<img src='https://zer0ew.by.files.1drv.com/y4mqweDBv0ZOA-ADU_PEycf-Wc2p9jvUrXNCbMrXEsupYEaiyfTZZNCRfhQsokNR-YLp_rjx2M-7rNQHO3arFFku7bNsfMRIfvbPbMpsUagb67bmFmb1h0cmfSyMabJInsR4mdhnvUyHXSIkGHey8NnTfZtuuyDhL40IwQz9zpWx6PKQnDF6mszlOGJvdKcthfJV01Ivgk5psMBlLQJB85RWw?width=952&height=772&cropmode=none' width='952' height='772' />

To do this we need to wrap the link into an href  HTML tag. So we need to insert it into <a href=’ target url here’> image source from above here </a> The finished tag is shown below.

<a href='https://aka.ms/flowroadmap/'><img src='https://zer0ew.by.files.1drv.com/y4mqweDBv0ZOA-ADU_PEycf-Wc2p9jvUrXNCbMrXEsupYEaiyfTZZNCRfhQsokNR-YLp_rjx2M-7rNQHO3arFFku7bNsfMRIfvbPbMpsUagb67bmFmb1h0cmfSyMabJInsR4mdhnvUyHXSIkGHey8NnTfZtuuyDhL40IwQz9zpWx6PKQnDF6mszlOGJvdKcthfJV01Ivgk5psMBlLQJB85RWw?width=952&height=772&cropmode=none' width='952' height='772' /> </a>

Step 4 – Now we need to do essentially the same thing for the MVP logo except we don’t need the clickable hyperlink.

<img src='https://zer1ew.by.files.1drv.com/y4mwLjYMlXV0qRkN61r2CTXidi5kutAa49Nr33A7uep1M5PQyO3LaJxpWrN0GocdeeiEMmrsQeV308fQWqzVWztyni30eO7Et4_WMYsiexQD6HdHq0xDixVCLi6UyQbVbYAjyr9YknBBZHF6Acz6uubdUEIdtXs9cmqIB4fLEiM-g4KCM0x8peCFgitHwNK-7uOuqs0pN7Yr2ix-W6p7ssf3Q?width=48&height=20&cropmode=none' width='48' height='20' />

This is where we can diverge on the process with two measurably different approaches – one for Citizen Developers and another method for those Professional Developers out there that like to go in and tweak the code. I will outline the Citizen Dev approach first.

Citizen Developer Method

Step 5 (CitDev)  – Between the When a record is selected Trigger and the Send an email (V2) (Preview) Action add two Initialize variable Actions. Fill in the fields for each as shown in the screen shot below. Then take the code snippets you created using the methods in Steps 3 & 4 and insert the HTML markup into their respective Initialize variable Actions to replace the Bold Image Text placeholders.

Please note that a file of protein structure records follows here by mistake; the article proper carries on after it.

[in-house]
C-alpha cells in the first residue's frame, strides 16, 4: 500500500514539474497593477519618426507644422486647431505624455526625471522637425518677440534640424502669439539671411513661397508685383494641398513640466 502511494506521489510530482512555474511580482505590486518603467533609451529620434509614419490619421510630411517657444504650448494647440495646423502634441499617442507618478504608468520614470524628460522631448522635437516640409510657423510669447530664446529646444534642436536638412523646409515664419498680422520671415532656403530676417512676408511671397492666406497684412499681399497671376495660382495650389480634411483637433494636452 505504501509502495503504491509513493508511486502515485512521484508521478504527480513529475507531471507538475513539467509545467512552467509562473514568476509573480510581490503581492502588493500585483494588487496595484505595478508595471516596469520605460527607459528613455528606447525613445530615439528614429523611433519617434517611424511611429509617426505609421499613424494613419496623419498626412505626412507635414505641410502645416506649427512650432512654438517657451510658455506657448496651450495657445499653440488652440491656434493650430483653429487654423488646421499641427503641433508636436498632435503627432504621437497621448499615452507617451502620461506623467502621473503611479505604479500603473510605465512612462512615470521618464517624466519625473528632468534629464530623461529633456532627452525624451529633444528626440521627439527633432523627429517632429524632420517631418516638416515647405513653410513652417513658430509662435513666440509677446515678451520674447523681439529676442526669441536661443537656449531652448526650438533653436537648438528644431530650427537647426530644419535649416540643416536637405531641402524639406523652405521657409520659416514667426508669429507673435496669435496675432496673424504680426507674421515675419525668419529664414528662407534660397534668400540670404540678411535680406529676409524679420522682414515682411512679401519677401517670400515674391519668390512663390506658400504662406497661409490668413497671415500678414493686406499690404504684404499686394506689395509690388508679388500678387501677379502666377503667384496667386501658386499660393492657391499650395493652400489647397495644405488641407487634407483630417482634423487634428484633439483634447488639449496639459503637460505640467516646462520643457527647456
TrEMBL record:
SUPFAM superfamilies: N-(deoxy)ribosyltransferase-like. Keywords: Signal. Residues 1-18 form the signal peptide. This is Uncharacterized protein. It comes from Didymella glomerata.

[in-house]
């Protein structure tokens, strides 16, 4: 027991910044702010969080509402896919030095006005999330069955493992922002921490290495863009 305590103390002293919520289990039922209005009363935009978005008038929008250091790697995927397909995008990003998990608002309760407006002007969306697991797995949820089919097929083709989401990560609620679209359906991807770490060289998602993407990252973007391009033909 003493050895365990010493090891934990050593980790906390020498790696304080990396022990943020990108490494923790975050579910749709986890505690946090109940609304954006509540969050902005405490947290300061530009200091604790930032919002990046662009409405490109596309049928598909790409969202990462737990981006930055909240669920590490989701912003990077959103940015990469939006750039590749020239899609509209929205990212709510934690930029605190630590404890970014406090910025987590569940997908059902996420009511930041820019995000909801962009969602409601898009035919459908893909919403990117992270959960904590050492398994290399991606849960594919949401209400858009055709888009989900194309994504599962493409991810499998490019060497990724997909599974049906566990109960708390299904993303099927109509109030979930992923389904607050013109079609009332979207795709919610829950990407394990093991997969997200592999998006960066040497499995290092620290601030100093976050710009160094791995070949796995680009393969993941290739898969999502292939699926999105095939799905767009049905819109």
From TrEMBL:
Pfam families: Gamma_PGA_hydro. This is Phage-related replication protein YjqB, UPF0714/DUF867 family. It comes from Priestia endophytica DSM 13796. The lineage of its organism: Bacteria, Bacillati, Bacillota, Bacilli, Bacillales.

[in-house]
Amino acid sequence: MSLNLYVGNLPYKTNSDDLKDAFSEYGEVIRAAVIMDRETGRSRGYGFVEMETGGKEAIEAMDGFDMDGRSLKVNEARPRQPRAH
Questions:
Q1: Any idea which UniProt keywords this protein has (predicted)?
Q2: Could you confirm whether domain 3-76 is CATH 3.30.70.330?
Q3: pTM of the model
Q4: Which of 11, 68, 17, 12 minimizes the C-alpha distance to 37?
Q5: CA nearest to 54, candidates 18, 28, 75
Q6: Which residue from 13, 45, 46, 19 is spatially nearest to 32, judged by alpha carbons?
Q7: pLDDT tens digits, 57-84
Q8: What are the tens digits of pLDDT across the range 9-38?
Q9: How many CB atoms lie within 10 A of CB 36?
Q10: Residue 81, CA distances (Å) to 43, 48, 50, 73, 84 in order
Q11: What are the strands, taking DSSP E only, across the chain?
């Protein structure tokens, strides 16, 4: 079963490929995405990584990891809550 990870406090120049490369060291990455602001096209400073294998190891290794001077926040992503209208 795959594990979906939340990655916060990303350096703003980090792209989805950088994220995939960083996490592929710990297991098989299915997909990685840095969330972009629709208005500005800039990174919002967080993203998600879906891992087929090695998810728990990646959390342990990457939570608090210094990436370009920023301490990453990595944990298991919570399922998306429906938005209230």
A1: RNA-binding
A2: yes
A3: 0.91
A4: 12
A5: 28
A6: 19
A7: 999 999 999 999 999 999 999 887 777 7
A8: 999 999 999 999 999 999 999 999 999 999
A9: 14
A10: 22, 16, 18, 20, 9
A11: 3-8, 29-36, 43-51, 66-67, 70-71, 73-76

Microsoft Flow Initialize Variable

Step 6 (CitDev) – Now insert the Dynamic Content values into the Send an email (V2) (Preview) email action to replace the placeholder text. After that scroll on down to Step 7.

Microsoft Flow Initialize Variable

Professional Developer Approach

Step 5 (Professional Dev) – We need to modify the JSON file and replace the placeholder Bold Image Text with the code snippets from Steps 3 & 4. There are two ways to do it. Export the Flow to a folder on your computer, unzip the file, find the JSON file, edit it, save it, zip it back up and then import it back into Flow. That is not the way I am going to show you.

I am going to use John Liu’s Flow Studio to edit the JSON. FYI, I won’t be showing the whole step by step process here as it would balloon the length of this blog post even more. I will be creating a companion video in a few days that walks through it and will update the blog post with a link to it. Quite frankly, the images won’t make much sense to you unless you have his app.

Flow Studio App

Step 6 (Professional Dev) – Find the placeholder text and then cut, copy and paste in the HTML. Then Save.

Before

After (most doesn’t fit on the screen but you get the idea)

Step 7 (Professional Dev) – If we look at the Action in Flow now, the placeholder text is gone but the HTML markup won’t be visible. We just see some white space. All is good.

Outlook Flow Action Send Email

Step 7 – Now go into Dynamics 365, select one or more Contacts, select the Flow to send the email. I have selected myself so I can show you the finished product.

Run Microsoft Flow from Dynamics 365 UI

Step 8 – Ta Da!!!!!!! Success. Now you have the basic process. Have fun running with it in your own Flows.

Flow Created Outlook Email with Images

Leave a Reply

Your email address will not be published. Required fields are marked *

Back To Top